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Summertime special with Tigers

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Pre-season's primary purpose if, of course, to prepare players for the start of a nine-month domestic season. But it also has its plus-points for the supporters.

In recent years, the Tigers have made trips to Bayonne, Biarritz and St Afrique in the south of France, Cork in Ireland, Jersey in the Channel Islands, and Ulster, Cardiff and Melrose of the home nations. There was also a one-off game in Geneva, as well as the likes of welcomes at Nottingham and Bedford a little closer to home.
While not all supporters can follow the team to every venue, there are significant numbers who have arranged parts of summer holidays or weekends away around parts of Europe or have joined the Away Supporters Club trips, and they’ve appeared to enjoy every minute of it.
For the same reason The Tig and many others always enjoyed the ‘open’ cup draws of years gone by which allowed you to tick off another rugby venue or visit a town that had never previously come up on your radar, the summer fixtures have provided a bonus even before a ball is kicked in anger.
There are not many opportunities for one-off games in the professional calendar, for old boys’ matches, invitationals or tour games, so the summer now provides the only real opportunities to see something out of the norm.
You could argue there is little chance, for example, that Tigers will be back in Melrose any time soon. But rugby fans across the world have heard of the little Borders town where the game of Sevens has its traditional home and last Saturday we had the chance to see it for ourselves and, from The Tig’s point of view, is was certainly worth the trip. A chance to see the new Tigers signings, to welcome back ‘the big boys’ from their international summers, and a chance to get some rugby in, not just for the players but for the fans too. And to do all of it at a place most of us had not seen before.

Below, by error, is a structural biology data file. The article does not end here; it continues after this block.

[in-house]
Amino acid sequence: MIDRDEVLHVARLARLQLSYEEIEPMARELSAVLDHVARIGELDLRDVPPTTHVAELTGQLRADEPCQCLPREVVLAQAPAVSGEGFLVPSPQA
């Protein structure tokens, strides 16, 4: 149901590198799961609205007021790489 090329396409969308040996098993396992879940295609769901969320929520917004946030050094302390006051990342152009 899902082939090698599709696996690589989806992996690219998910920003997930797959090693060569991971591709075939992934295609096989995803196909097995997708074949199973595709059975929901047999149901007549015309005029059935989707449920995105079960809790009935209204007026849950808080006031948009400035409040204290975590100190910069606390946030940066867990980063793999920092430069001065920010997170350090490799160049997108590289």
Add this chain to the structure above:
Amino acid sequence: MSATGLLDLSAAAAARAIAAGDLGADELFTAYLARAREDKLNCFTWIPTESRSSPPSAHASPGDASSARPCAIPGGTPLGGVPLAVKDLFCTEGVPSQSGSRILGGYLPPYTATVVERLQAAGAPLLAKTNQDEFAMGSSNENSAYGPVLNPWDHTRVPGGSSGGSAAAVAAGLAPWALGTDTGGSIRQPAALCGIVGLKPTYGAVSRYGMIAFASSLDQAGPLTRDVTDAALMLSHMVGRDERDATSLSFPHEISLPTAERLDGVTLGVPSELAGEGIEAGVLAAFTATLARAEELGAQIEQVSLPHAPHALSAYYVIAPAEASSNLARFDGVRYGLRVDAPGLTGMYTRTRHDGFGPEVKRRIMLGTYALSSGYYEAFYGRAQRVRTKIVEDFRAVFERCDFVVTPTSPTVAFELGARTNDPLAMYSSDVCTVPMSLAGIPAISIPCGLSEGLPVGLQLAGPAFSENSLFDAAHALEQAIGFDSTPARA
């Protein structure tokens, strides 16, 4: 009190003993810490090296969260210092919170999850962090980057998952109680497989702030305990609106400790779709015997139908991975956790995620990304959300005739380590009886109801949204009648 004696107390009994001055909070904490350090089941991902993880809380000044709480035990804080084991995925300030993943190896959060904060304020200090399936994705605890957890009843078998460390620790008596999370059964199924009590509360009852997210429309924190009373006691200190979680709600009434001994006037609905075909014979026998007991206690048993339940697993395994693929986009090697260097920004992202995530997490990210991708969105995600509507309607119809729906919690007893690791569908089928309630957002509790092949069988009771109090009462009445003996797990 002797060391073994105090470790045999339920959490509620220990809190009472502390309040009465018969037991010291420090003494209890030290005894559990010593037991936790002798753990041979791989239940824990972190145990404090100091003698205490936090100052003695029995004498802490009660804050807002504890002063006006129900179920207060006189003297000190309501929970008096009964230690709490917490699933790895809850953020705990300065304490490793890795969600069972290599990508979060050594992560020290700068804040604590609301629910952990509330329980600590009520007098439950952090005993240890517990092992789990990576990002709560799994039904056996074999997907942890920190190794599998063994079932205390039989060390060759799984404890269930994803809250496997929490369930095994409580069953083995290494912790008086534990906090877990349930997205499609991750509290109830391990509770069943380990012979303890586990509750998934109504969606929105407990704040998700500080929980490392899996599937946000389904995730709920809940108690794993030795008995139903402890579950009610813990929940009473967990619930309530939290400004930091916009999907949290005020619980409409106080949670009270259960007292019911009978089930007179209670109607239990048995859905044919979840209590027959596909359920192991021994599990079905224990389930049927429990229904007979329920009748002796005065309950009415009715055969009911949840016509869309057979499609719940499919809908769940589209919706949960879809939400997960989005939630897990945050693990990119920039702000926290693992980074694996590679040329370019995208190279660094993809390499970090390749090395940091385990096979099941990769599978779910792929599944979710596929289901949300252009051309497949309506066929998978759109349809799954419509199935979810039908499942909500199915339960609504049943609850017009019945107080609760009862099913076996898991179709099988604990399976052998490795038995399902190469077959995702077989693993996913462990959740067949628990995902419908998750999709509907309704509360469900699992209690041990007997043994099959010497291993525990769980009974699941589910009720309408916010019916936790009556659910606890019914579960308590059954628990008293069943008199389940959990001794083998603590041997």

Melrose is a small town with a rugby club at its heart. The wooden stand, with a press box suspended from its ceiling, is not something you see at many regular venues. Grass banks on the three remaining sides are not common in the stadiums we normal visit. A view directly from the roadside, without even entering the stadium, is another nod to a bygone time. But it is very much part of the Borders rugby experience and a talking point for those of us who made the trip north.
Seeing the Tigers ‘on tour’, with the strength of support the team can summon even for pre-season fixtures, is a feature of the calendar which makes The Tig proud. It’s also a great way for the club to spread the word and make new friends in new environments. It’s what summers are made for.